This is a very straightforward hike with a bit of bushwhacking and route-finding at the later third of the hike. Accurate details are in the book 'Exploring the Southern Sierrra, East Side' by JC and Ruby Jenkins.
After spending a rather cold night at a small pullout on the Canebrake Flat road, we met Don Peterson and Roly (of Ridgecrest) at the dusty junction of 178 and Canebrake Road. The driving on this washboard surface road was doable for my generic sedan and after a few miles we were at the point where the PCT crosses this road. We started walking at 7.45 am on the PCT just as the sun came up in a cloudless sky and very soon we had removed the warm layers of clothing. We reached the saddle mentioned in the Jenkins book which is at about 6300 ft. At this point we took off left, cross country. There is a foreground hill and Sawtooth is the rocky peak that seems to peer over this first hill's right ridge. It is a bit of a slog to go up this first hill but the moist scree made it tolerable and once we topped out, we were in a forest of pinyon pines and low brush. Don pointed out Sand Canyon and Ridgecrest and the Argus range in the distance. Continuing on this plateau and then traversing right we aimed for the ridgeline that is left of the summit hump with it's interesting looking rocky ridge. At 10.45am, we were at the top. We were the first party to summit (sign in) this year. The summit register dates back to the 1960's. The view is spectacular and on this clear day we could make out Telescope and the Panamints, Whitney, Langley and (we guessed) the Kaweahs and the Mineral King group. The view of Olancha is the one that takes the breath away. It dominates the foreground and stands tall and solitary, almost like Shasta. Small wonder that it is an emblem peak.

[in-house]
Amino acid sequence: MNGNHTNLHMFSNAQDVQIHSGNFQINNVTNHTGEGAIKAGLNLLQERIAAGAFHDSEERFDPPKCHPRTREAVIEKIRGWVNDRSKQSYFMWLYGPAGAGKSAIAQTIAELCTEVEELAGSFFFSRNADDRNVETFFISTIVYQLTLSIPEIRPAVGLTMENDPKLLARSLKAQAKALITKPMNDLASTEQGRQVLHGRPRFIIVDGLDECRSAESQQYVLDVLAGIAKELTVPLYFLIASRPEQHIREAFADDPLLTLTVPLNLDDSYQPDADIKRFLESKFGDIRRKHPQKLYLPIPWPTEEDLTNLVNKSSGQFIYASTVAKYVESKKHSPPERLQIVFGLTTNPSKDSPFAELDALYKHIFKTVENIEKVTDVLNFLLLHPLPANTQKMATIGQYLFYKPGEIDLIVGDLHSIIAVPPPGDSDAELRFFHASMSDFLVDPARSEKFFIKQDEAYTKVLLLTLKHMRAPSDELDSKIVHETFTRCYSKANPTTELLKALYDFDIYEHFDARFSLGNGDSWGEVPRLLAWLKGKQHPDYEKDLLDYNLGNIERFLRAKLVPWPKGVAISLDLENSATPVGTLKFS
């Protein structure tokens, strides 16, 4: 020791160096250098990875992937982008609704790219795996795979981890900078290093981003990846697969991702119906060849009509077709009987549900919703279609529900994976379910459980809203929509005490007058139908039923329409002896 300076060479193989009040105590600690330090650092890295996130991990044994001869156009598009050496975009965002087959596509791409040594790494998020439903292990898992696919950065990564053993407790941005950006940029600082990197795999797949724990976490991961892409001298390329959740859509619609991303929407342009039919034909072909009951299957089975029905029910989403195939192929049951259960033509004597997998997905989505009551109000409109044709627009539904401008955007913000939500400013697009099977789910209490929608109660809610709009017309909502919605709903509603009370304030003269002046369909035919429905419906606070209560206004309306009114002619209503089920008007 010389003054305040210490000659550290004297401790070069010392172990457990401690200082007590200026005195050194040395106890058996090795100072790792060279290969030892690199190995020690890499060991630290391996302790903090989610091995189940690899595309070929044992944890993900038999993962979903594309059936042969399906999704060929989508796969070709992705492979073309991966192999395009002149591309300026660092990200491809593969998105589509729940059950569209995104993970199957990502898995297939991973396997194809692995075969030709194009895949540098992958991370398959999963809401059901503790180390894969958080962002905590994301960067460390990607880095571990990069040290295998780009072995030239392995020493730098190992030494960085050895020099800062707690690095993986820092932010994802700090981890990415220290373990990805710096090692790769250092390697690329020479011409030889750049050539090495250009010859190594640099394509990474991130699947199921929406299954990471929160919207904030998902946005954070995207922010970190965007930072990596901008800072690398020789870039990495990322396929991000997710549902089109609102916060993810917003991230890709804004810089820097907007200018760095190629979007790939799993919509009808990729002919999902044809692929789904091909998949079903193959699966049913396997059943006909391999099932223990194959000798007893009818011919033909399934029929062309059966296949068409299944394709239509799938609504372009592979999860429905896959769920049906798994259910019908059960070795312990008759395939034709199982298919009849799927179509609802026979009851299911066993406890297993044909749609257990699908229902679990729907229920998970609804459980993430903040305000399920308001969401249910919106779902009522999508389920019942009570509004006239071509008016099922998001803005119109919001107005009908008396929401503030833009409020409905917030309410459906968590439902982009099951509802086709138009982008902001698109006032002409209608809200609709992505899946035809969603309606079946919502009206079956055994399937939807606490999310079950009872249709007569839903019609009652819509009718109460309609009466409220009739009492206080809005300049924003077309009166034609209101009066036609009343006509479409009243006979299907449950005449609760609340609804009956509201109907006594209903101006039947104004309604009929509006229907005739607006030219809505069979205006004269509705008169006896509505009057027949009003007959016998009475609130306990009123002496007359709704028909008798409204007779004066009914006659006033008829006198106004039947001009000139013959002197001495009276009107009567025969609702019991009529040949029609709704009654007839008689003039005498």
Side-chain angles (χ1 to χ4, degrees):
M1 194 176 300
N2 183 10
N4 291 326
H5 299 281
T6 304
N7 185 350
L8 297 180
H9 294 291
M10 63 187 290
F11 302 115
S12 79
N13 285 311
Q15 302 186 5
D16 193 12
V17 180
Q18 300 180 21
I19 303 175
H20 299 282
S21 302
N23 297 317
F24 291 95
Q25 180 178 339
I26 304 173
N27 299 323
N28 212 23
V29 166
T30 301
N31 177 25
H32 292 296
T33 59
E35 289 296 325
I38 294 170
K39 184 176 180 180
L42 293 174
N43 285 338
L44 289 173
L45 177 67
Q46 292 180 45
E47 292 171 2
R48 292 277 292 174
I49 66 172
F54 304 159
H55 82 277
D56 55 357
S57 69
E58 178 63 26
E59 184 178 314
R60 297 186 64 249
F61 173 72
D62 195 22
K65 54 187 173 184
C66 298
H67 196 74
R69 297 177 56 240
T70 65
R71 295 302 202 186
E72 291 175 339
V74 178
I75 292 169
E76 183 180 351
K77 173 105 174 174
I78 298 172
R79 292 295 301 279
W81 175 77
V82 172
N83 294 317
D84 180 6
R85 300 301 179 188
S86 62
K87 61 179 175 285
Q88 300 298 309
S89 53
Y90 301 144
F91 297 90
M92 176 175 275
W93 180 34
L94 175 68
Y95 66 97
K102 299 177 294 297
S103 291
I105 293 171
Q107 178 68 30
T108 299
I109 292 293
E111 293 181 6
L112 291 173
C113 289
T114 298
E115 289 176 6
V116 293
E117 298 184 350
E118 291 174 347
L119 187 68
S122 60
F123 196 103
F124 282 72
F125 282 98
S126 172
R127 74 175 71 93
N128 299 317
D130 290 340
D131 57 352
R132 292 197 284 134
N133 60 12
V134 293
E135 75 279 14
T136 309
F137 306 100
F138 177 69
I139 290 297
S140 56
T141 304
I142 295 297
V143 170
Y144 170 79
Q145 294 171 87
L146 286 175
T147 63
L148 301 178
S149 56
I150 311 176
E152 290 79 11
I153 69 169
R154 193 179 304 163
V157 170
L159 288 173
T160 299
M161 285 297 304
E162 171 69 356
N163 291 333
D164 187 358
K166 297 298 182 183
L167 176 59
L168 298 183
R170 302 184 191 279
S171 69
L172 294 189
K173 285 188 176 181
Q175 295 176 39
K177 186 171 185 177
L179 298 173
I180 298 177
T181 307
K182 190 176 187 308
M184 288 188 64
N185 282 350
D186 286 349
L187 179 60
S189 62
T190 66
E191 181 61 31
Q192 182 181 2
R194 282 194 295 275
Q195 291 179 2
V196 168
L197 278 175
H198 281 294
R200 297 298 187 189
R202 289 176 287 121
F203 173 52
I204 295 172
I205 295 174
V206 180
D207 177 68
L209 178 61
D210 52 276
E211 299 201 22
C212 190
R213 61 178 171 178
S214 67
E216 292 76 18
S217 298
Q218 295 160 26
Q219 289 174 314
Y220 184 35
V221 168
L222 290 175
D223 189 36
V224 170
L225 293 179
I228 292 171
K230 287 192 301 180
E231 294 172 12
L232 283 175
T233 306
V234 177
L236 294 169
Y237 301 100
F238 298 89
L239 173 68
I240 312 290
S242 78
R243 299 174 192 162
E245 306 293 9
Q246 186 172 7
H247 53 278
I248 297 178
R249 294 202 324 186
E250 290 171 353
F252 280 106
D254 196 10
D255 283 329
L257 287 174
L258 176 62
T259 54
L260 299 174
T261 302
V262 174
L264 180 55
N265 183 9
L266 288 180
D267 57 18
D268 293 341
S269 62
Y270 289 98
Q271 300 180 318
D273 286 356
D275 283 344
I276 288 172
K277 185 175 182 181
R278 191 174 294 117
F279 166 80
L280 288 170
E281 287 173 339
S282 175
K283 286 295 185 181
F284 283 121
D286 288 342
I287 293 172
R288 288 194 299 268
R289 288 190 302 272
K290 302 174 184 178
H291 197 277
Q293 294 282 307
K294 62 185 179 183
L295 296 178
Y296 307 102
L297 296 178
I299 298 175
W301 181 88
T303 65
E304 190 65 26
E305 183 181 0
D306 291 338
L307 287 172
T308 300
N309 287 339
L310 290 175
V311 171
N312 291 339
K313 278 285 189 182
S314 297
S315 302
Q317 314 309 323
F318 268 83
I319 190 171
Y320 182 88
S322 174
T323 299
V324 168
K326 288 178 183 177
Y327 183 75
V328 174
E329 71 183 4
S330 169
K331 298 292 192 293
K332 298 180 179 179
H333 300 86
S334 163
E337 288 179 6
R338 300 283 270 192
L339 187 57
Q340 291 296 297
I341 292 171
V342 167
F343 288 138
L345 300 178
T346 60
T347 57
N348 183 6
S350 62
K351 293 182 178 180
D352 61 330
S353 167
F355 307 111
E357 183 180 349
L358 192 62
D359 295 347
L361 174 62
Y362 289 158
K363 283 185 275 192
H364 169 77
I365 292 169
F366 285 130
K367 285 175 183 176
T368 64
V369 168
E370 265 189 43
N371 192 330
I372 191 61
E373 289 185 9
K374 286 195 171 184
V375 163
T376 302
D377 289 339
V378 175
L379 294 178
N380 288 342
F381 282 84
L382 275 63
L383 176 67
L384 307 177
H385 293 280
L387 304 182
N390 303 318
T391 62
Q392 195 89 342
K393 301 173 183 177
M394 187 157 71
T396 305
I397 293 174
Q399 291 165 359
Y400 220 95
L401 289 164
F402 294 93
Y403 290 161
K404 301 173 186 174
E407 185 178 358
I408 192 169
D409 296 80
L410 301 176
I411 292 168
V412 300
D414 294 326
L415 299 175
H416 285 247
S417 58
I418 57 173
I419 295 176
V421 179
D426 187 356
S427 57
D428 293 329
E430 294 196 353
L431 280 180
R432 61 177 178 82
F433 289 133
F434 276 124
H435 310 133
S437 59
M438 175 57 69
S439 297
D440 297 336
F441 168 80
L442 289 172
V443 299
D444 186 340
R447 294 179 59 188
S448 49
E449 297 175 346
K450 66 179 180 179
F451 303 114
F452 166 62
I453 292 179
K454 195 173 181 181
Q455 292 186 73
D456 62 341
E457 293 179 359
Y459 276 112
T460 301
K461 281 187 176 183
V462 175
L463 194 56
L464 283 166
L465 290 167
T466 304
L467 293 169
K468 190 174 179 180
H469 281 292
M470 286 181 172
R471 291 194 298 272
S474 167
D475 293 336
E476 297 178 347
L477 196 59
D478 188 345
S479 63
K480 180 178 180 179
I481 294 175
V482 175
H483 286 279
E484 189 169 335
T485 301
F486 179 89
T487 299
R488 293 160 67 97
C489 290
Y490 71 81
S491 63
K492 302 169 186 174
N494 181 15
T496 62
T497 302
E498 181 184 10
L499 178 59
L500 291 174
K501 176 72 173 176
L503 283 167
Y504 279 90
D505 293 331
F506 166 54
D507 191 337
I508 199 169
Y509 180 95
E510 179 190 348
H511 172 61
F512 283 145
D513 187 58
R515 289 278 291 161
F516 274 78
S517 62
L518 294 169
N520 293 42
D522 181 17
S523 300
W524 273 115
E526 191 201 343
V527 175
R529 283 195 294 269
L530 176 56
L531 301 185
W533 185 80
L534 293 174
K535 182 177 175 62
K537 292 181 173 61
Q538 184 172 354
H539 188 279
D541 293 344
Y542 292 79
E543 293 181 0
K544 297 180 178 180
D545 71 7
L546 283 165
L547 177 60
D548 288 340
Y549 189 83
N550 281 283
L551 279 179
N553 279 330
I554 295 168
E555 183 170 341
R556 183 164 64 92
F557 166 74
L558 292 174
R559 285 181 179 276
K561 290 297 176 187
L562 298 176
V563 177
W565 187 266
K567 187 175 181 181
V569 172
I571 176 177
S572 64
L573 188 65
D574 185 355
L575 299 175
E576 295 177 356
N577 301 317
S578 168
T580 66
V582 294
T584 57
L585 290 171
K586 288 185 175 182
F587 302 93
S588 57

After a 45 minute summit dawdle and another bout of cross country crashing through brush, we were back at the saddle. Then a pleasant walk in the still warm sun on the PCT that was littered with pine cones brought the journey to an end. It was about six hours for the round trip.
On this day atleast, there was very little snow and the axes remained on the packs.
Much thanks to Don for getting us to the summit with unerring accuracy and for sharing his tremendous knowledge of the beautiful Southern Sierra and to Ahmad for carpooling with me for the long drive to the trailhead from the Bay Area.
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